$$q(\mathbf{x})=\prod\limits_{i=1}^{d} q(x_{i})=\prod\limits_{i=1}^{d}\left\{\sum\limits_{j \in \mathbb{S}} \delta(x_{i}-j)m_{j}\right\}, $$
where \(\mathbf {x} = (x_{1}, \ldots, x_{d})^{T} \in \mathbb {S}^{d}\).
Again, consider the transformation \((X_{1}, \ldots, X_{d}) \rightarrow \left (X_{1}^{*}, \ldots, X_{d}^{*}\right)\) such that
$$ X_{1}^{*}=X_{1}S_{2,1}, \ldots, X_{i-1}^{*}=X_{i-1}S_{i,i-1},\ldots, X_{d-1}^{*}=X_{d-1}S_{d,d-1}, X_{d}^{*}=X_{d}S_{1,d}, $$
where the modified sign function is defined as
$$S_{i,i-1}= \left\{\begin{array}{ll} -1, &\text{if}~ X_{i} < 0~ \text{or}~ (X_{i}=0 ~\text{and}~ X_{i-1} \neq 0),\\ 0, &\text{if} ~(X_{i}=0~ \text{and} ~X_{i-1}=0),\\ 1, &\text{if}~ X_{i} > 0, \end{array}\right. $$
for i=2,…,d, and
$$S_{1,d}= \left\{\begin{array}{ll} -1, &\text{if}~ X_{1} < 0~ \text{or}~ (X_{1}=0 ~\text{and} ~X_{d} \neq 0),\\ 0, &\text{if}~ (X_{1}=0 ~\text{and}~ X_{d}=0),\\ 1, &\text{if}~ X_{1} > 0. \end{array}\right. $$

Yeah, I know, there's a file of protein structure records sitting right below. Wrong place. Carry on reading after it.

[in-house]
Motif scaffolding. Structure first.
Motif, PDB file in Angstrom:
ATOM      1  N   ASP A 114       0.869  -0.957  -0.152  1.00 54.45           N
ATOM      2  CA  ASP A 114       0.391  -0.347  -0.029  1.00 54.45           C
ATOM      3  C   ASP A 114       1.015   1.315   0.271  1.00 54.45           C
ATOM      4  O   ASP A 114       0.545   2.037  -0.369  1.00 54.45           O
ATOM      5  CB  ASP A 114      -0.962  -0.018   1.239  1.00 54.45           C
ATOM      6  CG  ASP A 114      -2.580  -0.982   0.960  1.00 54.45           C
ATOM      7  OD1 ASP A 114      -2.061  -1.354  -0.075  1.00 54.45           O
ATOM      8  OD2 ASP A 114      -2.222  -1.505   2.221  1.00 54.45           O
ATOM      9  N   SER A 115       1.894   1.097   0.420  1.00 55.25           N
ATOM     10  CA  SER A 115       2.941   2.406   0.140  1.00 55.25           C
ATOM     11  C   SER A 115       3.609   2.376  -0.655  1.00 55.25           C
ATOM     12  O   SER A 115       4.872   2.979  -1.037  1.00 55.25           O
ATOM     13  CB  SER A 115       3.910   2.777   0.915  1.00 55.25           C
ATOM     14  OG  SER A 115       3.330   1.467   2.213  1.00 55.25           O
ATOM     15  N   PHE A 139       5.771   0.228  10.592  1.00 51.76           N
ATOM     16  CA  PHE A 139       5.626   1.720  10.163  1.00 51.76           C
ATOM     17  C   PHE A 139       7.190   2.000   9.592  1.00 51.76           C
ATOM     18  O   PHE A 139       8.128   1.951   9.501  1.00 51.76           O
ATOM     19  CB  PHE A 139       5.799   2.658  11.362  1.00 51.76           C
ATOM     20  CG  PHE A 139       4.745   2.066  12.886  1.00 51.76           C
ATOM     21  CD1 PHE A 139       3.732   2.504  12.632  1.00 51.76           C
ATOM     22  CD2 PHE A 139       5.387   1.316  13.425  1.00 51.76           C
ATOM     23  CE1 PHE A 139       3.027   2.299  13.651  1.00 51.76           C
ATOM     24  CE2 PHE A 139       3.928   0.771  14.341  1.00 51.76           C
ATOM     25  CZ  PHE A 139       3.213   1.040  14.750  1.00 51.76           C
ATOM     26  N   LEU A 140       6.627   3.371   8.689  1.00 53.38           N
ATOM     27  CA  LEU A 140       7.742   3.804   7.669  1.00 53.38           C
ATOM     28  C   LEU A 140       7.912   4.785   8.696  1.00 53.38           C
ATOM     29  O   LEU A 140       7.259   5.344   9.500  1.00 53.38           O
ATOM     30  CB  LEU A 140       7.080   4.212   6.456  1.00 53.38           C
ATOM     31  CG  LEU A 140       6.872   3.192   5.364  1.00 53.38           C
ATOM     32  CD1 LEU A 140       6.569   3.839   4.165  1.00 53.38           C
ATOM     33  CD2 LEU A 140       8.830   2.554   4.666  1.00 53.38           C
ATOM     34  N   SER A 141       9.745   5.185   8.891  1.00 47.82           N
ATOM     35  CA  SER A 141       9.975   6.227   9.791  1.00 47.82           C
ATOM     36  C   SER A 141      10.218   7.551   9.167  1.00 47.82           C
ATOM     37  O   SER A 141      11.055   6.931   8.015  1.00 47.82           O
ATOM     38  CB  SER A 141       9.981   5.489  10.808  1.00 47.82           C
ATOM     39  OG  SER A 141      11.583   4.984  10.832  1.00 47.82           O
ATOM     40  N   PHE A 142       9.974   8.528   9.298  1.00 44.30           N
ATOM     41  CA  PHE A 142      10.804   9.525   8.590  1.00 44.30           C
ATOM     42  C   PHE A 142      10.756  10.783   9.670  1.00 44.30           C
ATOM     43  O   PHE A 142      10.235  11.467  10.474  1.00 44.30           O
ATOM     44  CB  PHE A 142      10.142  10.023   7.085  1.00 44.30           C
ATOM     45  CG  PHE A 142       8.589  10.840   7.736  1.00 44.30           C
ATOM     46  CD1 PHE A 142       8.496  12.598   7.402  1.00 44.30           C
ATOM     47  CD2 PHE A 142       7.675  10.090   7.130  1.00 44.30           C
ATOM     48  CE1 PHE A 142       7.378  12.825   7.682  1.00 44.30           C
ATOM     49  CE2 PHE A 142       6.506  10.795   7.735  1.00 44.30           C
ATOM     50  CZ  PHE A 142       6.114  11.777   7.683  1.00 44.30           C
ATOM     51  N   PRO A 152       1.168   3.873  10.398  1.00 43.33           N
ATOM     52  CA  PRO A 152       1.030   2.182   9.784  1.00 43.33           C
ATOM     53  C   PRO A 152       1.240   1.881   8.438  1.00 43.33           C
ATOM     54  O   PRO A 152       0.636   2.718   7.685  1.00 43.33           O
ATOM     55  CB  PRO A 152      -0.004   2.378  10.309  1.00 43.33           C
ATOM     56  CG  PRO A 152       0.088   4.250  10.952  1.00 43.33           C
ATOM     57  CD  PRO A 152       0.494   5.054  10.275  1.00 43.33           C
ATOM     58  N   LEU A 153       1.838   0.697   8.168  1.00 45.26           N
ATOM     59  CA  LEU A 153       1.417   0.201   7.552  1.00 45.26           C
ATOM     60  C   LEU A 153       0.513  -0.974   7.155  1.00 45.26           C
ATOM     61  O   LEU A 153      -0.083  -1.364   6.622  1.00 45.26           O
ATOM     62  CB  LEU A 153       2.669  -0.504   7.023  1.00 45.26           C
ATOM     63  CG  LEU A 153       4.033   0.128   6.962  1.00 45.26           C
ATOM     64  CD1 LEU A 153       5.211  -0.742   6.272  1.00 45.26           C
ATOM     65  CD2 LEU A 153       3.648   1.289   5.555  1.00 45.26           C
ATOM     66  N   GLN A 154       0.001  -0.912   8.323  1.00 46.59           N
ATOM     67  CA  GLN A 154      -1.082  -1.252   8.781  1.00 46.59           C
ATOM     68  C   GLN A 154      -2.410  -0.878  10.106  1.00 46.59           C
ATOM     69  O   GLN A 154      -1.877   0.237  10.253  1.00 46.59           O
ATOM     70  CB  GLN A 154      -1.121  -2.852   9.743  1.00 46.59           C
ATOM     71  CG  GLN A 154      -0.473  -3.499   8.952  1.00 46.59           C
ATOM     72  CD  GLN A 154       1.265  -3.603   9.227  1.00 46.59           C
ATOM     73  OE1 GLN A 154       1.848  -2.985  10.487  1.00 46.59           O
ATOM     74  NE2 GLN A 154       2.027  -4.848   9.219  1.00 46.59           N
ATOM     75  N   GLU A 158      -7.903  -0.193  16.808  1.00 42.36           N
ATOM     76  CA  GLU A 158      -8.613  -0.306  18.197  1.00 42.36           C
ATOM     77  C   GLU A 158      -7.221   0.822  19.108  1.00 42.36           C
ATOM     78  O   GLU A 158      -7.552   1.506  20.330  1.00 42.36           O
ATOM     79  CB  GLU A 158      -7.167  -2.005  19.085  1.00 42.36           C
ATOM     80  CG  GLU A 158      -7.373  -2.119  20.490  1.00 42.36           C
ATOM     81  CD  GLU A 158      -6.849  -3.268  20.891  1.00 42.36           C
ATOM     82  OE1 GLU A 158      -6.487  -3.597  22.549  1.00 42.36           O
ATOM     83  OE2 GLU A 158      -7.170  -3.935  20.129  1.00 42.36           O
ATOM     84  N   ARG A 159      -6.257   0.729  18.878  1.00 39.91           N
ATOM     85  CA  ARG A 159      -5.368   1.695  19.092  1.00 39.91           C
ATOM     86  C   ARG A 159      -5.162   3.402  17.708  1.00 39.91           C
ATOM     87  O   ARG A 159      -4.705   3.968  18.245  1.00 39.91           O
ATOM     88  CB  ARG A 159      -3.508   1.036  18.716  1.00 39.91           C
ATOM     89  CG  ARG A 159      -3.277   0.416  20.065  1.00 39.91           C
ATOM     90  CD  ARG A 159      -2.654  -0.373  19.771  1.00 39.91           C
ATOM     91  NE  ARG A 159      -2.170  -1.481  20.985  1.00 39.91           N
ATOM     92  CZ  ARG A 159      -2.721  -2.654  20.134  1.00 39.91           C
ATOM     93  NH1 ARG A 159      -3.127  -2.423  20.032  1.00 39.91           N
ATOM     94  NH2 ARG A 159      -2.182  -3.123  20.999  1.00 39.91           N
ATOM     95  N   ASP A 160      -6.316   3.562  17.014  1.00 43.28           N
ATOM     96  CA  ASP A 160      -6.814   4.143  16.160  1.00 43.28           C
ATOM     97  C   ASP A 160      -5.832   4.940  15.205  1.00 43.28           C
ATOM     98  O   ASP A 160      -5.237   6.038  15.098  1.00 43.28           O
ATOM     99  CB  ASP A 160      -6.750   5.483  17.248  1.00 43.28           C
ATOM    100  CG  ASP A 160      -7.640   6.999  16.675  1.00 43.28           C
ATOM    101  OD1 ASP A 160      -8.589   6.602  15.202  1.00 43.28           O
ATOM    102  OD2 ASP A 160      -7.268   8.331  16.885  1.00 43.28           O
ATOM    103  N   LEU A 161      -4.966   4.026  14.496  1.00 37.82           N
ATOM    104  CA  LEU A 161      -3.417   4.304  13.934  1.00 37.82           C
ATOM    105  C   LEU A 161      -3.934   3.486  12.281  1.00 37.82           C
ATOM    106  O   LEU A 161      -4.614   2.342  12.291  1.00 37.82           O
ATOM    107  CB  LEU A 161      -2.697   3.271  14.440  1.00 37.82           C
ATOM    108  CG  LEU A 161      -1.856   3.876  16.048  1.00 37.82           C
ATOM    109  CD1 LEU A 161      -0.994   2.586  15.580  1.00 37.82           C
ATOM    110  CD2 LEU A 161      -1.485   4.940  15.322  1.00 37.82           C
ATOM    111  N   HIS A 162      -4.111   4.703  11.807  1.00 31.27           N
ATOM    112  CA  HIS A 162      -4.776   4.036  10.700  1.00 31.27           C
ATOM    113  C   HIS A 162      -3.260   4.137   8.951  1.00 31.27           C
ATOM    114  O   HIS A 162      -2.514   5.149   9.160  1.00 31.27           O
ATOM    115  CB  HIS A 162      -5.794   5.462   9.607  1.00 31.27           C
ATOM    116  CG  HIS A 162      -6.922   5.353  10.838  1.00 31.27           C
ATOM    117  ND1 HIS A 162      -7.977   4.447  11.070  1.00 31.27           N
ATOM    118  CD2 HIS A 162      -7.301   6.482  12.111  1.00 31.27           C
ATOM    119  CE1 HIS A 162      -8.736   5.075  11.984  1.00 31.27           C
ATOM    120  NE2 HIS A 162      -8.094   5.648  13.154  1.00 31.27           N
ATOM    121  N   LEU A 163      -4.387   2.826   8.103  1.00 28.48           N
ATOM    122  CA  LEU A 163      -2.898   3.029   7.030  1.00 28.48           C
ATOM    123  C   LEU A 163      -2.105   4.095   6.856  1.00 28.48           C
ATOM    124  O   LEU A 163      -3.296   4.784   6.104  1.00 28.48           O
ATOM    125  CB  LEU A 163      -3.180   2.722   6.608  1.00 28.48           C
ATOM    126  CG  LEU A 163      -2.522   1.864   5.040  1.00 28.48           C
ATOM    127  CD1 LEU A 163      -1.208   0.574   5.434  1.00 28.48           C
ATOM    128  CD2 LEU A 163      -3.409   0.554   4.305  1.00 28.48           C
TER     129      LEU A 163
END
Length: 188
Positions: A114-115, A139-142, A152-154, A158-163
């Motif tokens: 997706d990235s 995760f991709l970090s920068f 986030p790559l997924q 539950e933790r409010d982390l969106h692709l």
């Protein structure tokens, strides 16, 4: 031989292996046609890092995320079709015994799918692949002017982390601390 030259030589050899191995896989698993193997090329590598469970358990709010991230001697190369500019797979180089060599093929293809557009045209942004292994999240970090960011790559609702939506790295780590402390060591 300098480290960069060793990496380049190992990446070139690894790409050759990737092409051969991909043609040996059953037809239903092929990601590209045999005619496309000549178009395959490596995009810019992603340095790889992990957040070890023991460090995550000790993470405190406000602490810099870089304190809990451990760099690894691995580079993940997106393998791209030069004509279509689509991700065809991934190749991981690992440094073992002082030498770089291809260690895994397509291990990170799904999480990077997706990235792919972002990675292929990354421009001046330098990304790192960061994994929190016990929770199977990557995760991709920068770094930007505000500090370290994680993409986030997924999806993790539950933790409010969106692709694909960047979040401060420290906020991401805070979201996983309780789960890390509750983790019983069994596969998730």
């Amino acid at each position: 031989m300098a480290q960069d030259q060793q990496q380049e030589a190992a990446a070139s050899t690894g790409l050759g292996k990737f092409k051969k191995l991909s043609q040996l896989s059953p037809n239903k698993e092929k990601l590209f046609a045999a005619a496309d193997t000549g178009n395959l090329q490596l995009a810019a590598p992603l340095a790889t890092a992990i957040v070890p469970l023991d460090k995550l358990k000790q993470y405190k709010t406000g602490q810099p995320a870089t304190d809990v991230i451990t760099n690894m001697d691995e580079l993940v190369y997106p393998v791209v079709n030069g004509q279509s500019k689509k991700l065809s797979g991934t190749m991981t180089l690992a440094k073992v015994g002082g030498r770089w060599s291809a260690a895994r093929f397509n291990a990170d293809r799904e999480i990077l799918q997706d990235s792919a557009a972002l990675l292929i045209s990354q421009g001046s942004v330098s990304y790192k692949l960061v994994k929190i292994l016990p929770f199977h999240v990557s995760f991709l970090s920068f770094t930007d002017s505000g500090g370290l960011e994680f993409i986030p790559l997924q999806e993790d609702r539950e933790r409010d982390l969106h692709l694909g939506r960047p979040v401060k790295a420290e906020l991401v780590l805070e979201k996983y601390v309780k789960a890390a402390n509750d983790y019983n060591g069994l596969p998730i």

Now, \(\prod _{i=1}^{d} X_{i}^{*} = X_{1}S_{2,1} \cdot X_{2}S_{3,2} \cdots X_{d}S_{1,d} = X_{1}S_{1,d} \cdot X_{2}S_{2,1} \cdots X_{d}S_{d,d-1}\). Fix i{2,…,d}. Again, X i <0S i,i−1=−1, hence X i S i,i−1>0, while X i >0S i,i−1=1, hence X i S i,i−1>0. Also, X i =0X i S i,i−1=0. To summarize, X i S i,i−1≥0 for any i=2,…,d. Similarly, X 1 S 1,d ≥0. Hence, we obtain \(\prod _{i=1}^{d} X_{i}^{*} \geq 0\).

Theorems 1 and 2 below state the joint distribution of \(\left (X_{1}^{*}, \ldots, X_{d}^{*}\right)^{T}\) as well as the distribution of the lower-dimensional vectors.

Theorem 1

The joint pmf of \(\left (X_{1}^{*}, \ldots, X_{d}^{*}\right)^{T}\) is
$$q^{*}(\mathbf{x})= q(\mathbf{x}) \text{} \mathbb{I}_{\{0\}}\left(\prod\limits_{i=1}^{d} x_{i}\right) + 2 q(\mathbf{x}) \text{} \mathbb{I}_{(0, \infty)}\left(\prod\limits_{i=1}^{d} x_{i}\right) \text{for~} \mathbf{x} \in \mathbb{S}^{d}. $$

Theorem 2